partnering with us may be the way to save yourself. emily: do you see greater consolidation across the grocery industry? bob: i think there has to be. look at what the market did today. in one day, massive change. that clearly reflects where people think it needs to go. i think we will see dramatic changes. the bigger question is how that ripples into the general markets, into target, walmart, and those places as well. clearly i think in groceries, we will see some movement happen. emily: what will it mean for other tech giants? google has its own shopping service competing with instacart and amazon fresh. what does it mean for the bigger companies? do they recede or jump in full throttle? ellen: google has been pulling back from google express in the last year or two. they had a partnership with whole foods that has lessened. it is hard to think google will double down.
on the other hand, maybe they see it as validation this market that has not been online could have a future. it is a huge market. the idea it could only be amazon is not true. you will see opportunities for other big companies to make inroads. emily: as disruptive as this deal might be, do you think amazon can pull it off? bob: that is a fair question. it is a very different business. when you bring together very different industries, sometimes that does not work as well. the question will be how the philosophy of the company and management impacts it. i think amazon sees this as being critically important, because they can use it to try these ideas they have had about retail. i think this also becomes an interesting experiment for them to figure out how to find the way forward. emily: do you see amazon pushing further into clothing?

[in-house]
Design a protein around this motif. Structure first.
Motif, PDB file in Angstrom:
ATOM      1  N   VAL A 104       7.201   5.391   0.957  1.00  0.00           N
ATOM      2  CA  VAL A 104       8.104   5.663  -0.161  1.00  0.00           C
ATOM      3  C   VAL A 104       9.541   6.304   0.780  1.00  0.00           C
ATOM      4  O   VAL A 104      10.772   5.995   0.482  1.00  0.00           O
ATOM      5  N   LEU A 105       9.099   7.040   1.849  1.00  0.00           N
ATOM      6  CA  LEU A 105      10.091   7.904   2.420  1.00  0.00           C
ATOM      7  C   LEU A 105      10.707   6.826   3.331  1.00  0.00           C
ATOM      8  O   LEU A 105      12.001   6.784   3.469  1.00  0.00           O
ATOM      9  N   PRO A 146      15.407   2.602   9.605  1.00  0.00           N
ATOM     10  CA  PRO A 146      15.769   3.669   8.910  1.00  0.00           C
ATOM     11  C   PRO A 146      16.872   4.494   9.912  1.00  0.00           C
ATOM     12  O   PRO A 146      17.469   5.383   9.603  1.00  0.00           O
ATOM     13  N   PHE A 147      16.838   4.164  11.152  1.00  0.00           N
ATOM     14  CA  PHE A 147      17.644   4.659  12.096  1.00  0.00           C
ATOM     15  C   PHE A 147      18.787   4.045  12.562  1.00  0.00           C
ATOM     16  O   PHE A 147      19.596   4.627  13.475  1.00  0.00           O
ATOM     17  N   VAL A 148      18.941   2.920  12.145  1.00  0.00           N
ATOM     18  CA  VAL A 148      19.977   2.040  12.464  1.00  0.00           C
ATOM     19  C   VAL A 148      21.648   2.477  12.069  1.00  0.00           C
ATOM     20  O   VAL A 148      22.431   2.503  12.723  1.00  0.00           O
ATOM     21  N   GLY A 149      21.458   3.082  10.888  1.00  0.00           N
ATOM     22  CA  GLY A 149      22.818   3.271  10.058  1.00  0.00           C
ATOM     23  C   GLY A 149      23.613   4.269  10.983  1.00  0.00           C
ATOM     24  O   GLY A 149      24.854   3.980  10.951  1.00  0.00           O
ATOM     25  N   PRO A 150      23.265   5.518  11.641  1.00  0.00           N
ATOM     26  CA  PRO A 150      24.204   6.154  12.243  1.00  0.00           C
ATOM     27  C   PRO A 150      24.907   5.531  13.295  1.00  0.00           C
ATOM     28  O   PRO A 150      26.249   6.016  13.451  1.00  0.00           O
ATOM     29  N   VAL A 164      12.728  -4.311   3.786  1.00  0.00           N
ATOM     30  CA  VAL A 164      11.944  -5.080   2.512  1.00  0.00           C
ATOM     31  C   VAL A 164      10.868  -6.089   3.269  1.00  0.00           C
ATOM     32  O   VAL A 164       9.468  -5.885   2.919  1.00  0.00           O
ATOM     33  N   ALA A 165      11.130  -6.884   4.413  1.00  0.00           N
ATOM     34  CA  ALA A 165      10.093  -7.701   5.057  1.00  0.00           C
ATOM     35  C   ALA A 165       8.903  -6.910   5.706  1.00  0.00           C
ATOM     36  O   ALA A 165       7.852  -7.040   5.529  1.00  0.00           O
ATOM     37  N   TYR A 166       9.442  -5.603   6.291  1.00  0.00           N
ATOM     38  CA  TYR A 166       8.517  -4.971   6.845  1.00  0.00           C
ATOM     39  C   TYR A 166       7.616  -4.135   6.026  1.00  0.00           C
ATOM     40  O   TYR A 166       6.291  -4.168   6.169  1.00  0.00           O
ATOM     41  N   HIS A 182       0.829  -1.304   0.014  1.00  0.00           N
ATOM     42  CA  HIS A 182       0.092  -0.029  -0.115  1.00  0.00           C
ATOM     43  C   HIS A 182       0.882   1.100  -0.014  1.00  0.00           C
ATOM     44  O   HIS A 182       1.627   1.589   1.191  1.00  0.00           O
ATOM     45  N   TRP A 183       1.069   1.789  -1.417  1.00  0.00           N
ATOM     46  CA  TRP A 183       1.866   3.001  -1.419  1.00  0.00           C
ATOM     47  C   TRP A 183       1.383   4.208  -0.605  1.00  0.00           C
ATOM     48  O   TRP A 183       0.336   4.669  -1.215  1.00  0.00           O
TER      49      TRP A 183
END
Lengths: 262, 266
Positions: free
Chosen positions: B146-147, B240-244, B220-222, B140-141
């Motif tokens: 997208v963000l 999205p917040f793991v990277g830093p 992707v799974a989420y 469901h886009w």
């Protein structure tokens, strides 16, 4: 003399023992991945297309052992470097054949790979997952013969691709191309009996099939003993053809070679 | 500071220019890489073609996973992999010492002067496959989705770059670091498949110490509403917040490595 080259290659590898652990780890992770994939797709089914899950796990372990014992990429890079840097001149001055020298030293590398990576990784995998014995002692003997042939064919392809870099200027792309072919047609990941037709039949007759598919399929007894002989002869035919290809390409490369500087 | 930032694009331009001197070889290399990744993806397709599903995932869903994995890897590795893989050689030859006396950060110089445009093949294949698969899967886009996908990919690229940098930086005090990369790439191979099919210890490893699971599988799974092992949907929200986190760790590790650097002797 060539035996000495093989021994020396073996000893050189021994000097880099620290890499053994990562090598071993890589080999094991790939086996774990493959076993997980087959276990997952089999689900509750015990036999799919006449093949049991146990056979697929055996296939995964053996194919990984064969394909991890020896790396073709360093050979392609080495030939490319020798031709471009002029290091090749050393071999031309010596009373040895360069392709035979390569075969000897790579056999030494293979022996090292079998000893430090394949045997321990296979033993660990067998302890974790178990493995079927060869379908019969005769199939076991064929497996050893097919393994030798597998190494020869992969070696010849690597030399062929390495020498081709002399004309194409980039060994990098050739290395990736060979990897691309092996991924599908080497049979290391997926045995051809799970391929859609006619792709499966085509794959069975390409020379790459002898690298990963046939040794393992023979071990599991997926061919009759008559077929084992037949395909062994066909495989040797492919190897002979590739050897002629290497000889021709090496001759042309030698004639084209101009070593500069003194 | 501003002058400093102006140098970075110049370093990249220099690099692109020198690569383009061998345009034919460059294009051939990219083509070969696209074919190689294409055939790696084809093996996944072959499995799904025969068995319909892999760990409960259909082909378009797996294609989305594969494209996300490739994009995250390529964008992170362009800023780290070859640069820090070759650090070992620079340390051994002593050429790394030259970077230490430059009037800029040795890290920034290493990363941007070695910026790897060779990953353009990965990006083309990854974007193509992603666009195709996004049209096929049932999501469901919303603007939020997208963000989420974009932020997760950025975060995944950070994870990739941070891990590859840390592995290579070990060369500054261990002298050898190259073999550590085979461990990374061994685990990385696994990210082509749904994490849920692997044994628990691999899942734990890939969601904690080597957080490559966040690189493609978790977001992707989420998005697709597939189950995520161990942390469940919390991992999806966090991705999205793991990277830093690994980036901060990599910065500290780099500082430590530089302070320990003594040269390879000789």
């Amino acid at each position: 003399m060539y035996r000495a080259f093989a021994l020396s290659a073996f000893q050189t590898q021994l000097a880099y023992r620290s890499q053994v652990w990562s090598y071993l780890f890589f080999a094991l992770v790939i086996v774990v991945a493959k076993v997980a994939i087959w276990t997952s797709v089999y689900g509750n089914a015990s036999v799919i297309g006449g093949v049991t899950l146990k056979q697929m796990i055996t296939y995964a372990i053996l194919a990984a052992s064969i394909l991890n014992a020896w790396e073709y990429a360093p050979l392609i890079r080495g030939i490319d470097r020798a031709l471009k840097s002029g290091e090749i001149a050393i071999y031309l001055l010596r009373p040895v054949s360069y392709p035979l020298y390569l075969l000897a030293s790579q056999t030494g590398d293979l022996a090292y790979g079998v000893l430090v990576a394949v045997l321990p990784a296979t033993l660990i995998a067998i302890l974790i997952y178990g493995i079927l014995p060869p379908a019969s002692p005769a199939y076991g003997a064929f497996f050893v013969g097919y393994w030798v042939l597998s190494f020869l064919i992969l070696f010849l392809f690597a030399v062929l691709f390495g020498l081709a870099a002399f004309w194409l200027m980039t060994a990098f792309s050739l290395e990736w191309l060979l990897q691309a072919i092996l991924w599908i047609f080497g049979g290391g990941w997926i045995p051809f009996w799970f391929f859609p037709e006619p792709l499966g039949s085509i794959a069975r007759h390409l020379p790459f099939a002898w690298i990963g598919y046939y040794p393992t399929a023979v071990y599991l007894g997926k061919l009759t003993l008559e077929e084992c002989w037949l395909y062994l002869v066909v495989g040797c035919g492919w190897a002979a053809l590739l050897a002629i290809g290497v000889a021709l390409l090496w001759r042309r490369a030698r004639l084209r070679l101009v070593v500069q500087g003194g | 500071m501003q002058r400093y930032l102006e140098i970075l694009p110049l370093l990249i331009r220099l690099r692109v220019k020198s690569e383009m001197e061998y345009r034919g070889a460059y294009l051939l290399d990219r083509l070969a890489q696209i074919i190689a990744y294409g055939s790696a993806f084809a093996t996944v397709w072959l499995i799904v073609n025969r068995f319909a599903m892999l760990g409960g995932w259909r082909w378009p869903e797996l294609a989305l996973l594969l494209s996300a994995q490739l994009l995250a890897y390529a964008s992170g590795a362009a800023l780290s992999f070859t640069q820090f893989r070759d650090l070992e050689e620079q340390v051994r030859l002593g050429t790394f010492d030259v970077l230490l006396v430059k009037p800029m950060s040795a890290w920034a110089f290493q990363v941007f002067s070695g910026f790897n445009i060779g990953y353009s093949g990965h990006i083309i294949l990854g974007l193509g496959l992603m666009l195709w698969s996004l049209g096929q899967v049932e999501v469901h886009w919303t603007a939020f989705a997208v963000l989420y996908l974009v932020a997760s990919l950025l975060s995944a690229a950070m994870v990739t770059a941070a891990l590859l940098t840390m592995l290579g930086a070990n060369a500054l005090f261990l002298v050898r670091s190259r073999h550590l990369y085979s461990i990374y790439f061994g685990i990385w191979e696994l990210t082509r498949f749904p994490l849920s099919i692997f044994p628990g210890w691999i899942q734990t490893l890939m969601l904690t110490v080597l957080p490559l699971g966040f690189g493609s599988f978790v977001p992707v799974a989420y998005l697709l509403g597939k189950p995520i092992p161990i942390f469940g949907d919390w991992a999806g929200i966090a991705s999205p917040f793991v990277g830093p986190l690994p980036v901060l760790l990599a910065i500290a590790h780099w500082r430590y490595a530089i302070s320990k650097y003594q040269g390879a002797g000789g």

bob: if you think about things people like to see and touch, it is food and clothing. those are the sort of things people generally want to be able to physically interact with. that is hard to replicate online. emily: what is the day two story? ellen: i think it is looking at how we might see the growth of online. people continue to talk about how little -- we talk about e-commerce all the time. so little of our spending continues to be done online. i think there is a way amazon could make this very in person, very physical process more technologically streamlined, that is a huge change in how we would be buying a lot of our things. emily: ellen huet and bob o'donnell, great to have you both. thank you both for stopping by. coming up, one amazon competitor says it will take the company five to 10 years to catch up with the traditional grocery landscape. we will hear from the c.e.o. of the online grocery startup next.
the two former presidents helped the company take advantage of the demand for high-quality series spurred by streaming services like netflix. the move is seen as further proof apple plans to create exclusive videos. the company has been testing documentaries and reality shows through its subscription service. back to the story we have been covering all day. amazon to buy whole foods. it is a move that has investors excited and competitors worried. chieh huang, the founder and c.e.o. of boxed, joined "bloomberg markets" earlier today to talk about what the deal means for his company. chieh: i remember starting our company four years ago and going up and down the gates of stanford and saying groceries are going to change. i remember a lot of the companies said 1998 called, they want their business model back.